dedicated to restoring Atlantean Democracy
""In Greek mythology, the primordial deities are the first gods and goddesses born from primordial Chaos or from Chronos and Ananke (depending on the source). Hesiod's first are Chaos, Gaia, Tartarus, Eros and Nyx. The primordial deities Gaia and Uranus give birth to the Titans. The Titan god Cronus and Rhea give birth to Zeus, Poseidon, Hades, Hestia, Hera and Demeter who overthrow the Titans. The warring of the gods ends with the reign of Zeus.""
""Based on Mount Othrys, the Titans most famously included the first twelve children of the primordial Gaia (Mother Earth) and Uranus (Father Sky). They were giant deities of incredible strength, who ruled during the legendary Golden Age, and also composed the first pantheon of Greek deities. Among the first generation of twelve Titans, the females were Mnemosyne, Tethys, Theia, Phoebe, Rhea, and Themis and the males were Oceanus, Hyperion, Coeus, Cronus, Crius, and Iapetus. The second generation of Titans consisted of Hyperion's children Helios, Selene, and Eos; Coeus' children Lelantos, Leto, and Asteria; Iapetus' sons Atlas, Prometheus, Epimetheus, and Menoetius; Oceanus' daughter Metis; and Crius' sons Astraeus, Pallas, and Perses. Like Cronus overthrowing his father Uranus, the Titans were overthrown by Cronus' children (Zeus, Hades, Poseidon, Hestia, Hera and Demeter) , in the Titanomachy (or "War of the Titans"). The Greeks may have borrowed this mytheme from the Ancient Near East.""
""a ten-year series of battles fought in Thessaly, consisting of most of the Titans (an older generation of gods, based on Mount Othrys) fighting against the Olympians (the younger generations, who would come to reign on Mount Olympus) and their allies. This event is also known as the War of the Titans, Battle of the Titans, Battle of the Gods, or just the Titan War. The war was fought to decide which generation of gods would have domain over the Universe; it ended in victory for the Olympians.""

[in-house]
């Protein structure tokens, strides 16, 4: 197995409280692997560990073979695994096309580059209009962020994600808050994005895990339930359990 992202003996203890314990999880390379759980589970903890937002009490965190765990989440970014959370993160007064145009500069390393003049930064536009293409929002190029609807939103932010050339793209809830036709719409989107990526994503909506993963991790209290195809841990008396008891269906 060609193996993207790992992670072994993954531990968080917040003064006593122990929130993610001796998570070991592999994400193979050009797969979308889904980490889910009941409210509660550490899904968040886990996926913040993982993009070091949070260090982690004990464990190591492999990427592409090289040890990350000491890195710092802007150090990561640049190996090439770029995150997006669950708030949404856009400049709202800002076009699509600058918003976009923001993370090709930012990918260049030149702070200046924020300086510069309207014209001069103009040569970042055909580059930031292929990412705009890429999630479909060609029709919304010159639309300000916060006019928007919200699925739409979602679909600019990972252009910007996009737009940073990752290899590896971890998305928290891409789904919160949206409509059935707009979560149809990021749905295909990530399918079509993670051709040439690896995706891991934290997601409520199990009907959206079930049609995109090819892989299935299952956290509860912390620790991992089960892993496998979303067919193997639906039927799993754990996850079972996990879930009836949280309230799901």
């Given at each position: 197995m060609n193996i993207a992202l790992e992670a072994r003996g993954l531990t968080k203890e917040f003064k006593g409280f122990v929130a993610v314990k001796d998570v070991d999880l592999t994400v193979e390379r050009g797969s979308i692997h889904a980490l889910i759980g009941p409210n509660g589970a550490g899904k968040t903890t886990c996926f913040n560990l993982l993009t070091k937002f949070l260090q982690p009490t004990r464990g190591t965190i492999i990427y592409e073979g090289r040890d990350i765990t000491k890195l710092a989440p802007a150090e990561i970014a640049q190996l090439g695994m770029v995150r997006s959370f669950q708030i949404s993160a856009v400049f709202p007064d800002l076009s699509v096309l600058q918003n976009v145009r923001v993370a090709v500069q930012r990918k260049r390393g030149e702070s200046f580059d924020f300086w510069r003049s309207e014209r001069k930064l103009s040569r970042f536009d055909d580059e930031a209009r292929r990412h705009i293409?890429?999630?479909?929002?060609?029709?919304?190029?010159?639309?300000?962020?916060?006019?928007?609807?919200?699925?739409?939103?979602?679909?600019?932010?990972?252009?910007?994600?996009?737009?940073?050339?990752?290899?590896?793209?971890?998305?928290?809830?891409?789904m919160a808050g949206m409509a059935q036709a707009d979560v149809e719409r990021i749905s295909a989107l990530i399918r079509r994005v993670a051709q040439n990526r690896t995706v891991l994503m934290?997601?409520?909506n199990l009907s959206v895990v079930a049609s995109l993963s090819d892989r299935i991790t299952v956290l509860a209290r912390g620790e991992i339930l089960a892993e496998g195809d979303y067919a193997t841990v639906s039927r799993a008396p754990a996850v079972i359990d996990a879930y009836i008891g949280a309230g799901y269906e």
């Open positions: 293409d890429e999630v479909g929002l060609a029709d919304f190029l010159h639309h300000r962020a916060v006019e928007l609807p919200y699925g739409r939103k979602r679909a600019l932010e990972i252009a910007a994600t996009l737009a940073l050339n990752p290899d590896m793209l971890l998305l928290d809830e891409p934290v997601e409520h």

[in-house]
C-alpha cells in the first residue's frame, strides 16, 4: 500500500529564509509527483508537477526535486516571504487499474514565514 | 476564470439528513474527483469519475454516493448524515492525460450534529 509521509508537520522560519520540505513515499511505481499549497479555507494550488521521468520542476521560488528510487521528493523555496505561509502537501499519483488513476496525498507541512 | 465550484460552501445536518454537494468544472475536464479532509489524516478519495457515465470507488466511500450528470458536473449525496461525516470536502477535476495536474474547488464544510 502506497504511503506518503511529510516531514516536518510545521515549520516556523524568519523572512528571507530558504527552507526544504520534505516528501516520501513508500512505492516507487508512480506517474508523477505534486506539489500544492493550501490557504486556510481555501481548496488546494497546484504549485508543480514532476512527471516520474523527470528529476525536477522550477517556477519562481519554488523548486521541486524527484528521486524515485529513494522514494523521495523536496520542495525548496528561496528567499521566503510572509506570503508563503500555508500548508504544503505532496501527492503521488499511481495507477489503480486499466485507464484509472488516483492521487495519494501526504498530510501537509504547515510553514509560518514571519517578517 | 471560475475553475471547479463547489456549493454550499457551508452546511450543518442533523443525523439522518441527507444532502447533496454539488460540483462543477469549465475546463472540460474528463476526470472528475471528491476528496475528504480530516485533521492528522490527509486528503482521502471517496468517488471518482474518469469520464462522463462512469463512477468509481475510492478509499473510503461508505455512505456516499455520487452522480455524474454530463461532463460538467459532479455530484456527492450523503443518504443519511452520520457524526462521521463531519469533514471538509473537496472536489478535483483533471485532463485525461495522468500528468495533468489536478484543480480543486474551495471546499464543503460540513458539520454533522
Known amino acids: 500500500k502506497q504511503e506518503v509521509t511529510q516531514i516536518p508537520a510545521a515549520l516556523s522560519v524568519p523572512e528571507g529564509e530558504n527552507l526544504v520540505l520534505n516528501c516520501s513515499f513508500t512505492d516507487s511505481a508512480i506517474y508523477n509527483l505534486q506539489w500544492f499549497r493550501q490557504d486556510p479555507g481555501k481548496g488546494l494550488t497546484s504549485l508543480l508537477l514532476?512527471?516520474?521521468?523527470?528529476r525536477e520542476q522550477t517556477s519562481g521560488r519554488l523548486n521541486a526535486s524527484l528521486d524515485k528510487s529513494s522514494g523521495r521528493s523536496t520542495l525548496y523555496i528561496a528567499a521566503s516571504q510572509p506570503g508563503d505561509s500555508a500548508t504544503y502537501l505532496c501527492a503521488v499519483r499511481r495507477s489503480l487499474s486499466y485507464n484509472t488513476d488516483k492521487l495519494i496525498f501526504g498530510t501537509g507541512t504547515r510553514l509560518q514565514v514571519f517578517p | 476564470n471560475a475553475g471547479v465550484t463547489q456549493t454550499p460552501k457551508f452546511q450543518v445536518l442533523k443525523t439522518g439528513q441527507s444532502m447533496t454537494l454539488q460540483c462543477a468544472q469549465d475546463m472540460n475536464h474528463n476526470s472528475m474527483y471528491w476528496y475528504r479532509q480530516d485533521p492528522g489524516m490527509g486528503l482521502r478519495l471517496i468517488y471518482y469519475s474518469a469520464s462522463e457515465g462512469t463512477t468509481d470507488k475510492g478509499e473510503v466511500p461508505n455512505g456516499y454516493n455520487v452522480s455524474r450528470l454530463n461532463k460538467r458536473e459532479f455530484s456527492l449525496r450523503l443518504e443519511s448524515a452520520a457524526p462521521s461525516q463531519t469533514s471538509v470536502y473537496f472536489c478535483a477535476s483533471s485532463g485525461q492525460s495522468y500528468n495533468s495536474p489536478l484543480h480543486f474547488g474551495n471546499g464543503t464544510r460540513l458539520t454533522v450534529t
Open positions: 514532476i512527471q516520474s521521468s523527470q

""In the ancient Greek religion and Greek mythology, the Twelve Olympians are the major deities of the Greek pantheon, commonly considered to be Zeus, Hera, Poseidon, Demeter, Athena, Apollo, Artemis, Ares, Aphrodite, Hephaestus, Hermes and either Hestia, or Dionysus. Hades and Persephone were sometimes included as part of the twelve Olympians (primarily due to the influence of the Eleusinian Mysteries), although in general Hades was excluded, because he resided permanently in the underworld and never visited Olympus.""
""The Ophites accepted the existence of these seven archons (Origen, Contra Celsum, vi. 31; a nearly identical list is given in On the Origin of the World)""